4. Yay! I'm so happy for you – all your hard work has paid off – well done! It sounds like a fabulous trip – I can't wait to hear more!

  5. What a cool way to spend a family vacation while teaching your kids a new language…What a fantastic experience for him Frances…Nothing beats the immersion experience when it comes to learning a language especially when it comes to picking up various dialects specific to a certain regions. Thanks for another great blog post.

  6. A great post Frances, I'm happy to hear that you had a good immersion travel experience! I'm sure you'll continue to see the positive linguistic effects of your trip in the weeks to come. When our daughters were younger I noticed that about two weeks after their trip to France the new words and expressions started to come out. Their brains had to "digest" it first.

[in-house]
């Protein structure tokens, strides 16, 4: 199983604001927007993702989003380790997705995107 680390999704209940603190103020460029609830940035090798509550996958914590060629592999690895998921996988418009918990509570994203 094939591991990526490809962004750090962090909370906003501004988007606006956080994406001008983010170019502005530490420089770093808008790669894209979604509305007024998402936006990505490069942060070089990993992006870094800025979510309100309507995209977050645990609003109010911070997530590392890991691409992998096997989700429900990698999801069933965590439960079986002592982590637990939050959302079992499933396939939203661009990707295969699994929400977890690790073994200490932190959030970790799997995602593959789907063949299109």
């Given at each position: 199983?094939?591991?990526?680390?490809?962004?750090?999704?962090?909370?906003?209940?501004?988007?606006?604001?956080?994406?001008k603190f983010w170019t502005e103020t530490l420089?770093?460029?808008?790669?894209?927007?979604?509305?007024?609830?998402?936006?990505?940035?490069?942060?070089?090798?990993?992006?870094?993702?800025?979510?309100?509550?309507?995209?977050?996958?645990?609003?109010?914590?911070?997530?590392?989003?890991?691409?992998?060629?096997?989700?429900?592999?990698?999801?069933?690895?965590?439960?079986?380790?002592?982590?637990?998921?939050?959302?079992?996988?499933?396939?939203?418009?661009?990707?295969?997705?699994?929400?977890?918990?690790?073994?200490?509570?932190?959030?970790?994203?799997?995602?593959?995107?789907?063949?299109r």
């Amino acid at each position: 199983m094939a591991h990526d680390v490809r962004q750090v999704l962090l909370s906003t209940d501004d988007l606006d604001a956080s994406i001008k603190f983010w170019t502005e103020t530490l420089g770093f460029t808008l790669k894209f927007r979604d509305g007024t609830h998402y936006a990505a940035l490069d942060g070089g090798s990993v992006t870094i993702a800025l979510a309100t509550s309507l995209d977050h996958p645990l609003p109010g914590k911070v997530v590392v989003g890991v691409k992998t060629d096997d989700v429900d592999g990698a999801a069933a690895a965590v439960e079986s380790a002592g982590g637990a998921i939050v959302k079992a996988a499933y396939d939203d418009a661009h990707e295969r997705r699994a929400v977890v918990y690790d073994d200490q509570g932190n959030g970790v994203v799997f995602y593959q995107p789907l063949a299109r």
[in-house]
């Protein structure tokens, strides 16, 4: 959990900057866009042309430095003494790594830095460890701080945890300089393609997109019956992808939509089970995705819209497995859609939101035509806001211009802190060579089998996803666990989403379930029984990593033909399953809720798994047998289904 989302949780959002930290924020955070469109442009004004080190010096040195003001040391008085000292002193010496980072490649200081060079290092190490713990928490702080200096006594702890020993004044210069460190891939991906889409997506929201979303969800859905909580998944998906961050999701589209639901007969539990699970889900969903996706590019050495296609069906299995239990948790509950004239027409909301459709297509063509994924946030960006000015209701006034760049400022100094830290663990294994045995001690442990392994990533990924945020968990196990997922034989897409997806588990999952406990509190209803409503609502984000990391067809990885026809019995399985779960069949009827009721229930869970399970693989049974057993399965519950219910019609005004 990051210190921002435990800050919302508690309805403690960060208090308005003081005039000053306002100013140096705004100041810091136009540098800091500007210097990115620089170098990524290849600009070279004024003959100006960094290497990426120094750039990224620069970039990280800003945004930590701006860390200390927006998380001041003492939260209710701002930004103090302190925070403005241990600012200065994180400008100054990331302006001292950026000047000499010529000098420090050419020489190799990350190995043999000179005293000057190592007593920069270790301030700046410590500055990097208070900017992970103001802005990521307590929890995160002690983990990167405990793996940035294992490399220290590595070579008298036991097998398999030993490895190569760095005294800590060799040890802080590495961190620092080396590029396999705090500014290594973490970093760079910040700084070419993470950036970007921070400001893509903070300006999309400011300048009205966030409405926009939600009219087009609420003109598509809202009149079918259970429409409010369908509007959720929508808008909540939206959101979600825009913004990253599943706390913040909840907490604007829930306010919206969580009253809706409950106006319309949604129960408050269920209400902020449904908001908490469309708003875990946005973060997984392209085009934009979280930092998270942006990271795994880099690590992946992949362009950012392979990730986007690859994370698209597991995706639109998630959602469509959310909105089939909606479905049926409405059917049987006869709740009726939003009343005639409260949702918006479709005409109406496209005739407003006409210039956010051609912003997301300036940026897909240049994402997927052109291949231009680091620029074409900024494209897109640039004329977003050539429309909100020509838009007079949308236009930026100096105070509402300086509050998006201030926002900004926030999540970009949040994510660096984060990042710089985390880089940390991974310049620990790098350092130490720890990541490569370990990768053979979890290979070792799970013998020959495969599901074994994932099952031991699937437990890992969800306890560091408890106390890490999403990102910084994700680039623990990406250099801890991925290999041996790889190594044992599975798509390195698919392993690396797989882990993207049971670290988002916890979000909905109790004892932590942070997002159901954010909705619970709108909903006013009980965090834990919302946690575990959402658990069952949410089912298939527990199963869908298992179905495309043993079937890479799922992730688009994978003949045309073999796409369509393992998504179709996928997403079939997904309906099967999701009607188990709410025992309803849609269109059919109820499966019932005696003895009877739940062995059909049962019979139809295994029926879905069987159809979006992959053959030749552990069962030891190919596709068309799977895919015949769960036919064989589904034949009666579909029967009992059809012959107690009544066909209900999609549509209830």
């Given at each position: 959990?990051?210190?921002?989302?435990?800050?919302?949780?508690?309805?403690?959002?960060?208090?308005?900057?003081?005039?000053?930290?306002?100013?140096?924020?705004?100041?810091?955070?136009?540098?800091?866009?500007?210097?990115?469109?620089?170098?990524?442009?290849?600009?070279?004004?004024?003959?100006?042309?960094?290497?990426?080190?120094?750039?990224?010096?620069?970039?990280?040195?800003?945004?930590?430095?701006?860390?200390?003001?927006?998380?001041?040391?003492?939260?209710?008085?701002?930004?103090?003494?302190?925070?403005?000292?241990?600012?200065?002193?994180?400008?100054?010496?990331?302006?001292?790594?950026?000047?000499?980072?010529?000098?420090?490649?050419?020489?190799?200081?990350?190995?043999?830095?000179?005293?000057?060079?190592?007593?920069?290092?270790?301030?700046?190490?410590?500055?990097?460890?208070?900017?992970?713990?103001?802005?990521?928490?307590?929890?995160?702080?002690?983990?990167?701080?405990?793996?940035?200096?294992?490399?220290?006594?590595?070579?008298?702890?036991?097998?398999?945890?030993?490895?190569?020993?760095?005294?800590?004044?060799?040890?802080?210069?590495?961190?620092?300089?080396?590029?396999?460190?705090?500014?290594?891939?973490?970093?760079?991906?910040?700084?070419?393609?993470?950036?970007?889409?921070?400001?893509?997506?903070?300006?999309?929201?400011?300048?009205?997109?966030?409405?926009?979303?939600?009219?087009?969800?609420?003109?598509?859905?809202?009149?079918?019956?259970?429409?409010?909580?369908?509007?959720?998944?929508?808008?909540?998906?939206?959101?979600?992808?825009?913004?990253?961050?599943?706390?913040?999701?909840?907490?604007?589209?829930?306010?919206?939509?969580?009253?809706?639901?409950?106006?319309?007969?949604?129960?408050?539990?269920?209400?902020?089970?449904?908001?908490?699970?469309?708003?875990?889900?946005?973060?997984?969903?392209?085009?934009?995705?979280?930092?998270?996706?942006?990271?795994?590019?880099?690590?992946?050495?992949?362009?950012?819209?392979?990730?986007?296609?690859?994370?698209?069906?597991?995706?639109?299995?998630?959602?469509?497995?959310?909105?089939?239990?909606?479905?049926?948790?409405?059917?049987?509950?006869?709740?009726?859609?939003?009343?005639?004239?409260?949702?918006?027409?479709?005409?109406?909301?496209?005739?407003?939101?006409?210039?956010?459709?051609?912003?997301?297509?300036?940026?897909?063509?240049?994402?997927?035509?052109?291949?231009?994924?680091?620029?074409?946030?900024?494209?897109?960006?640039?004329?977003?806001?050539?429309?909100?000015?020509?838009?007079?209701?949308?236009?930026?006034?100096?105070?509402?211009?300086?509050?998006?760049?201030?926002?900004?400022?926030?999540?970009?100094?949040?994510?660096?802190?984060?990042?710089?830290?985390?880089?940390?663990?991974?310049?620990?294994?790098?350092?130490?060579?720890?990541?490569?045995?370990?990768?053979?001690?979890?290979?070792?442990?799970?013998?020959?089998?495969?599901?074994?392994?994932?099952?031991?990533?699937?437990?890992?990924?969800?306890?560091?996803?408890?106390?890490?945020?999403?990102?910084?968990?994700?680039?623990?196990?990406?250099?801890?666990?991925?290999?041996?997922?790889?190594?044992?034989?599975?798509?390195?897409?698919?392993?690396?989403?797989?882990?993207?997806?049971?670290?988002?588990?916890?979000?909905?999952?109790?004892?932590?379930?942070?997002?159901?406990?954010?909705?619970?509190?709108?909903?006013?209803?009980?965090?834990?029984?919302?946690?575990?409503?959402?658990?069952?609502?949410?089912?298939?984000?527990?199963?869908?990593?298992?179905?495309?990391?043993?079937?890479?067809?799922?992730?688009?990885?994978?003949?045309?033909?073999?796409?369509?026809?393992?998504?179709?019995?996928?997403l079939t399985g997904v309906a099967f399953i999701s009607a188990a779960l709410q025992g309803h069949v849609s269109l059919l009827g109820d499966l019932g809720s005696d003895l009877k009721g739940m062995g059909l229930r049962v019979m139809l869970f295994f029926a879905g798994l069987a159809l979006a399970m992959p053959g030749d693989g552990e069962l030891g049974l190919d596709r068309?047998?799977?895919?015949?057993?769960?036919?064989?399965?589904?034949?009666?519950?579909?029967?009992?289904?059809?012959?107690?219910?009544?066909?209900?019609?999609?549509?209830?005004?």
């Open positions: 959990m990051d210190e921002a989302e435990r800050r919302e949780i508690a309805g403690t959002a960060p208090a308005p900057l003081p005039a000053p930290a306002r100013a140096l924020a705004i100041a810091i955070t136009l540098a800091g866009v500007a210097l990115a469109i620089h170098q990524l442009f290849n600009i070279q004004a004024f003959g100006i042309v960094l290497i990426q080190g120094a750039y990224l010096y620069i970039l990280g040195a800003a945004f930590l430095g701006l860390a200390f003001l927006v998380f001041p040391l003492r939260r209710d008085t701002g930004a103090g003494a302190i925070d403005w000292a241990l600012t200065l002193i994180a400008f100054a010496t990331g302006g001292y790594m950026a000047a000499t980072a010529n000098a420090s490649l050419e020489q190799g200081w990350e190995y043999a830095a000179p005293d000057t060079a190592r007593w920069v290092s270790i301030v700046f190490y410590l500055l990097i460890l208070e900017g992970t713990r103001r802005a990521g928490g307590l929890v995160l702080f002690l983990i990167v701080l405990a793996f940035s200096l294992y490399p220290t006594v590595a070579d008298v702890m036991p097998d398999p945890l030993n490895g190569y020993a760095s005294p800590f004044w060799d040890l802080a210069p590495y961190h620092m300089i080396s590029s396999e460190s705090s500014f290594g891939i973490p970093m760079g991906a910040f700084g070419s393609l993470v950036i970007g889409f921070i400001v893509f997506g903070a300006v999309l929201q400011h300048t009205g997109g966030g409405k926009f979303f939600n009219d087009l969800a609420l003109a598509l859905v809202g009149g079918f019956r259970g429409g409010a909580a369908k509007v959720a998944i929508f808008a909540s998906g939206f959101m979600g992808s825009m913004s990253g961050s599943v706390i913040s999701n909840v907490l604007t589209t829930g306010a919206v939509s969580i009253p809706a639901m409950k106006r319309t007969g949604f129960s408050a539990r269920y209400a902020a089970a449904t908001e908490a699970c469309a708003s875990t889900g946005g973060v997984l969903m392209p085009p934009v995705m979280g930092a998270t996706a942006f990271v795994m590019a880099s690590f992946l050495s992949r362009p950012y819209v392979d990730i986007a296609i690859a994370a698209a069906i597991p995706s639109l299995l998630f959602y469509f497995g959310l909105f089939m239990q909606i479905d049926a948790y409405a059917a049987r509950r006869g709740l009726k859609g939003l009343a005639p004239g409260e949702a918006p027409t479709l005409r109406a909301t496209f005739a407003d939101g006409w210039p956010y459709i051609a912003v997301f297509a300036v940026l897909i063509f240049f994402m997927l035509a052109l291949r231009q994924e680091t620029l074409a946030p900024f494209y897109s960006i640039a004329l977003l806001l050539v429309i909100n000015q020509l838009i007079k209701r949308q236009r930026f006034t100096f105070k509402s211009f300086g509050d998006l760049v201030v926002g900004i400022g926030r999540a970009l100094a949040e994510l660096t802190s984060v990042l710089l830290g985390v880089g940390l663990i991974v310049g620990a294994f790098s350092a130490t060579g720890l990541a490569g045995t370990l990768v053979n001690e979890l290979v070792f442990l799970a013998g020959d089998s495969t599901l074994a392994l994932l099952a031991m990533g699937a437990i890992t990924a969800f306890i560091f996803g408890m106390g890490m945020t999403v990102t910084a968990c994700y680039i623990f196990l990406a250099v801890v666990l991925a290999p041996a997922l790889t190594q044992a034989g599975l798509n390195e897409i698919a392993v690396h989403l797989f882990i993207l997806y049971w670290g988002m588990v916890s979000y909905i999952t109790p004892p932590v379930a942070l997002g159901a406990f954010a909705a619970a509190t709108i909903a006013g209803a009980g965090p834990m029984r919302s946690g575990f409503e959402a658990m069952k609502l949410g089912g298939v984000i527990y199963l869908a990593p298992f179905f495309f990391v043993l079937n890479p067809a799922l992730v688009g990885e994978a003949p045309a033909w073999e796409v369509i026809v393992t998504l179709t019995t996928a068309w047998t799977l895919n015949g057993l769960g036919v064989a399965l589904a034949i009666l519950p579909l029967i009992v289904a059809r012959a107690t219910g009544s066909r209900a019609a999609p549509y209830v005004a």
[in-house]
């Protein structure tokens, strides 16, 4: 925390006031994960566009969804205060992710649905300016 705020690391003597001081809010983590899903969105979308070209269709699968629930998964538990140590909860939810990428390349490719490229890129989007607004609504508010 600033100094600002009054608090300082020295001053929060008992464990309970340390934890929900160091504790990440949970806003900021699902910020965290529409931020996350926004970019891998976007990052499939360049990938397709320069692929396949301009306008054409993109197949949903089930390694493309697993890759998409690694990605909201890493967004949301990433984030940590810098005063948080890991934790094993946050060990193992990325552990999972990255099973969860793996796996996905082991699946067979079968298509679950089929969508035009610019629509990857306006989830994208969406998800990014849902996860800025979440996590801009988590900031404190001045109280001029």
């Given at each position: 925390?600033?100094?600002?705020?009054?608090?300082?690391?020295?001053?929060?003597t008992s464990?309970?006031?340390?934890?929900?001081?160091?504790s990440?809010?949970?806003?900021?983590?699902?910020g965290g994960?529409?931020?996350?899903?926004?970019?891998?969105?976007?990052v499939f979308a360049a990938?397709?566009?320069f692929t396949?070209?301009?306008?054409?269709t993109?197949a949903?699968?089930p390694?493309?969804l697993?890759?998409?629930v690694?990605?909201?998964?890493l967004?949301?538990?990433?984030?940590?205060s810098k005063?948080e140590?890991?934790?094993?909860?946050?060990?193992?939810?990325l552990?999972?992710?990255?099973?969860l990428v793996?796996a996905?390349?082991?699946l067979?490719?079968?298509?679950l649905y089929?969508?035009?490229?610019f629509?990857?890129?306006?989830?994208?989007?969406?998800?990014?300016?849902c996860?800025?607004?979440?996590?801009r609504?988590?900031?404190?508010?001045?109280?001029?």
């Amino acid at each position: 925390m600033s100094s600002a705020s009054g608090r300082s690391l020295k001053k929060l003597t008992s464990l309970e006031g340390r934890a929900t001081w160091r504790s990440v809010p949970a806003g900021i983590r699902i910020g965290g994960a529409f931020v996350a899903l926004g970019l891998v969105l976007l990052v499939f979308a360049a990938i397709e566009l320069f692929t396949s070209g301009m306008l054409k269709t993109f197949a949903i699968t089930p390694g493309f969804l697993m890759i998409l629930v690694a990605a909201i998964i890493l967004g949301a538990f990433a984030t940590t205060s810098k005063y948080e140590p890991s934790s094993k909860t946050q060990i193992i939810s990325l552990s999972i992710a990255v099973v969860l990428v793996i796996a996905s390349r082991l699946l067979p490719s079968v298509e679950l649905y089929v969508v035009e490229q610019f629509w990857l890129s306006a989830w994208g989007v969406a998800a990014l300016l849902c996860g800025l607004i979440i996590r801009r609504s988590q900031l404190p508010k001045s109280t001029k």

7. Frances how wonderful. It truly is a blessing to see your trials and struggles are not in vain. The setbacks come with so many steps forward. Congratulations on a job well done!! I am glad that leonides had a great time.

  8. Gracias Kali! It was such a fun, and different trip! I'm happy that we're inspiring you to raise your sons bilingual. Heck, I'm inspired to continue in this bilingual journey, too!

  9. Thanks Kristen! That's the way to go! I did that a lot for little man, especially when he didn't know what to say in Spanish.

  10. Thank you Tasha! It truly is a blessing, and thank you for your comment! It's greatly appreciated.